When you’re living with a healthy body, you don’t have to think much about your body. You can fall asleep or wake up when you need to be awake or asleep. You can eat a variety of foods and stay nourished and energized. You can move easily and use your body for activities you enjoy. You can decide whether you want to use substances to alter your consciousness and in what quantity. Your relationship with your body isn’t a relationship you have to spend much time on. It’s a relationship you live in, rather than work on.
Living with a healthy mind is similar. With a healthy mind, you can choose what you attend to and what you ignore. You can perceive all kinds of information from your environment and then make conscious decisions about how you want to respond. You can experience sensations, feelings, and thoughts, accept their existence, and either redirect your attention away from them or use them as data to inform your decisions. You get to decide what you think is valuable and meaningful and how you want to act on that which is valuable and meaningful to you. Like a relationship with a healthy body, your relationship with your mind becomes one that you live in and from, rather than one you work on.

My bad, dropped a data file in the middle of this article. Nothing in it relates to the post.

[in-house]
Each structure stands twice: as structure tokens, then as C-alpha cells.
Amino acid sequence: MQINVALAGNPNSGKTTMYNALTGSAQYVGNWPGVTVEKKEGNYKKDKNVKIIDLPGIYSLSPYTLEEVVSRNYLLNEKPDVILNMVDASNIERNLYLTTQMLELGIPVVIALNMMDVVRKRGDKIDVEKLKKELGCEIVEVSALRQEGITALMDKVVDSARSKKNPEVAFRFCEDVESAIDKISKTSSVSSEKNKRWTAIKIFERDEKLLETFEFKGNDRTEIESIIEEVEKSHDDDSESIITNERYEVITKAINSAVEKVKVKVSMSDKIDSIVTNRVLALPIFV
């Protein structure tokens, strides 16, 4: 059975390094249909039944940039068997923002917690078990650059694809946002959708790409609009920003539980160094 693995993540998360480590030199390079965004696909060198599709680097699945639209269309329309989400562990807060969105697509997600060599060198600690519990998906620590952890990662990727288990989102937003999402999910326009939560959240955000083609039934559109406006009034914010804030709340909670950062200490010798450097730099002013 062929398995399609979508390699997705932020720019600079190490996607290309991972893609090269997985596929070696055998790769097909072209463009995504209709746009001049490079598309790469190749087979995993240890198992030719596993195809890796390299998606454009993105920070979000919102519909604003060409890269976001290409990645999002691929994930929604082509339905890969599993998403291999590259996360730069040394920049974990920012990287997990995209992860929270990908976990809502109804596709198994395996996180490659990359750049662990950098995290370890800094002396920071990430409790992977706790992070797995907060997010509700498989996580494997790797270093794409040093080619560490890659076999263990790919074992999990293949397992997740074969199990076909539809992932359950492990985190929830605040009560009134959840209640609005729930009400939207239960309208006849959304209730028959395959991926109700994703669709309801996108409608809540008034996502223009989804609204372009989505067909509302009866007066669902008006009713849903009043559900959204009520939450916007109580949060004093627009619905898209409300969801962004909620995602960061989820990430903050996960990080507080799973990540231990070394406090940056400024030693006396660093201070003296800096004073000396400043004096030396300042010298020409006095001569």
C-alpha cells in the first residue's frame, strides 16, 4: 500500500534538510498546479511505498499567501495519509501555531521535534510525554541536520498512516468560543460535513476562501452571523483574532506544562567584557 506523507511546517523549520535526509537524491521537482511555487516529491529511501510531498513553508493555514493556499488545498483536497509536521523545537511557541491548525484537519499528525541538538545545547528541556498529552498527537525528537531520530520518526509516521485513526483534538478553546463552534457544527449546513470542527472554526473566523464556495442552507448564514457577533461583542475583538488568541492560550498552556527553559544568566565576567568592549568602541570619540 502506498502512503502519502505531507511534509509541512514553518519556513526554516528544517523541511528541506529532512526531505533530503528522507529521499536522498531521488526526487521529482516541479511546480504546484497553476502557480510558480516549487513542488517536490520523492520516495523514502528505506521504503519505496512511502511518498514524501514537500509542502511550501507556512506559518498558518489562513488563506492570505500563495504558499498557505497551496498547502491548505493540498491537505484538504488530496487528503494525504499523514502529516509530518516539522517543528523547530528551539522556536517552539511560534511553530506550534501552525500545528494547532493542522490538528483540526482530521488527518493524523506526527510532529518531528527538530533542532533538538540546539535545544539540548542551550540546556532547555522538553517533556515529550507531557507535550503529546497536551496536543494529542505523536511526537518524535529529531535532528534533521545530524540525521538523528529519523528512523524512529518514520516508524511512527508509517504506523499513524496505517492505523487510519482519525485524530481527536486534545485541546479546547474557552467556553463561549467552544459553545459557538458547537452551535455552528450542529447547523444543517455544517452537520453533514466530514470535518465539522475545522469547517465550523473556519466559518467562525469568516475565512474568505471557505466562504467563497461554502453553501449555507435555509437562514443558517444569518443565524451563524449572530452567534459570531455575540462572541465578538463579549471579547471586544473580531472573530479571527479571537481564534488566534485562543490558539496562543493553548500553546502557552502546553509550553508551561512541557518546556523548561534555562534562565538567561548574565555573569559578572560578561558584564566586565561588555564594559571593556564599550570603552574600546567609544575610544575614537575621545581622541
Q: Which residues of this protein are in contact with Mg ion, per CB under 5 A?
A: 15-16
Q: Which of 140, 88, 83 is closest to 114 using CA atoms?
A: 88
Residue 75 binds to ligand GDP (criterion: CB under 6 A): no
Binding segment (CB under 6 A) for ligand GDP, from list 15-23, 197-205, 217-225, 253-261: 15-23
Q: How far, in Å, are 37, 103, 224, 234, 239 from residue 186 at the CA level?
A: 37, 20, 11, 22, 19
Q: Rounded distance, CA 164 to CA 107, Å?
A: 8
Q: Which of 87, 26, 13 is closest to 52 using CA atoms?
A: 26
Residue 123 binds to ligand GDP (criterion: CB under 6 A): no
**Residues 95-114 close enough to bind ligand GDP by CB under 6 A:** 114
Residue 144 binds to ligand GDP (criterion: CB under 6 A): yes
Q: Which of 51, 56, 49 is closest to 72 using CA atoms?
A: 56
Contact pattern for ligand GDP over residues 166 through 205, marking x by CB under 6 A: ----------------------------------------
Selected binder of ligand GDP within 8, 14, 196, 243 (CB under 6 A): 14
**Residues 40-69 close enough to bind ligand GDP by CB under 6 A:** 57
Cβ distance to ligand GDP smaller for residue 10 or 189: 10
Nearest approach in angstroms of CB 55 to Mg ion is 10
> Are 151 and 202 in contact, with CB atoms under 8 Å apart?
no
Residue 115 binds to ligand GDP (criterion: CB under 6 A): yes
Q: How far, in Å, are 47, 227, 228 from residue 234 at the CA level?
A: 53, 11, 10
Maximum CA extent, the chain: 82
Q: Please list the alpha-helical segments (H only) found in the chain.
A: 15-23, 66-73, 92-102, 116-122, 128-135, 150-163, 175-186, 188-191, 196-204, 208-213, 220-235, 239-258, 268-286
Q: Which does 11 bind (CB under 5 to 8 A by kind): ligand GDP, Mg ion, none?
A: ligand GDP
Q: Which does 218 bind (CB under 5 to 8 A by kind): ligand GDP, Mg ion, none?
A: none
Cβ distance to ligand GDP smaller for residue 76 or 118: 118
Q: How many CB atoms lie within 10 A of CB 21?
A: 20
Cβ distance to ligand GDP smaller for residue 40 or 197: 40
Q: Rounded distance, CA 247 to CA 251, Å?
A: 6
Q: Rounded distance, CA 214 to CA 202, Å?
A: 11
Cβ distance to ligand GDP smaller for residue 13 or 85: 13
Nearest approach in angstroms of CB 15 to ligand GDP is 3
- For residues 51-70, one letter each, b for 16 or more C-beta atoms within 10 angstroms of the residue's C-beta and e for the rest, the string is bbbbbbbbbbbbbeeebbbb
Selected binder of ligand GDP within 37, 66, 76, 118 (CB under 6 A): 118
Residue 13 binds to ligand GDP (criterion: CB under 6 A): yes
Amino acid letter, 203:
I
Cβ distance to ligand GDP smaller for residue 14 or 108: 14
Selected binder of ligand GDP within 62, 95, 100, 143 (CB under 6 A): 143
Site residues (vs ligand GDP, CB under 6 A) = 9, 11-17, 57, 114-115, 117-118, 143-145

If you are suffering because of what occurs in your mind, you need to work on it until you don’t need to work on it. You’ll be able to tell when you don’t need to work on it anymore.
Mental suffering starts as avoidance. We’re still in a spot in culture where the nature of emotions is not well understood by most people and most of us immediately resist uncomfortable private experiences (that is, thoughts, feelings, and sensations), rather than immediately accepting them. When you have a lot of private experiences that you think you shouldn’t be having and you try to avoid them or push them away, you will have more and more of them.
The degree to which we respond effectively or ineffectively to our private experiences is a spectrum, not a binary category. Because these moments are private and many of the ways that people cope is also private, it almost impossible to get a good read on how others are coping compared to yourself. It’s especially hard to tell what other people are doing well when they do it well.
Eventually, I want you to get to a point where you know your mind so well that you aren’t surprised or afraid of any of your sensations, feelings, or thoughts. Once you’re there, you won’t have to work on your relationship with your mind. Like a great friendship or romantic partnership, you and your mind will know each other. All the uncertainties of new ideas and experiences become fun. Getting there isn’t one moment where you did your exposure homework correctly. Its thousands of moments of turning towards yourself with openness and curiosity until that just becomes the way you think.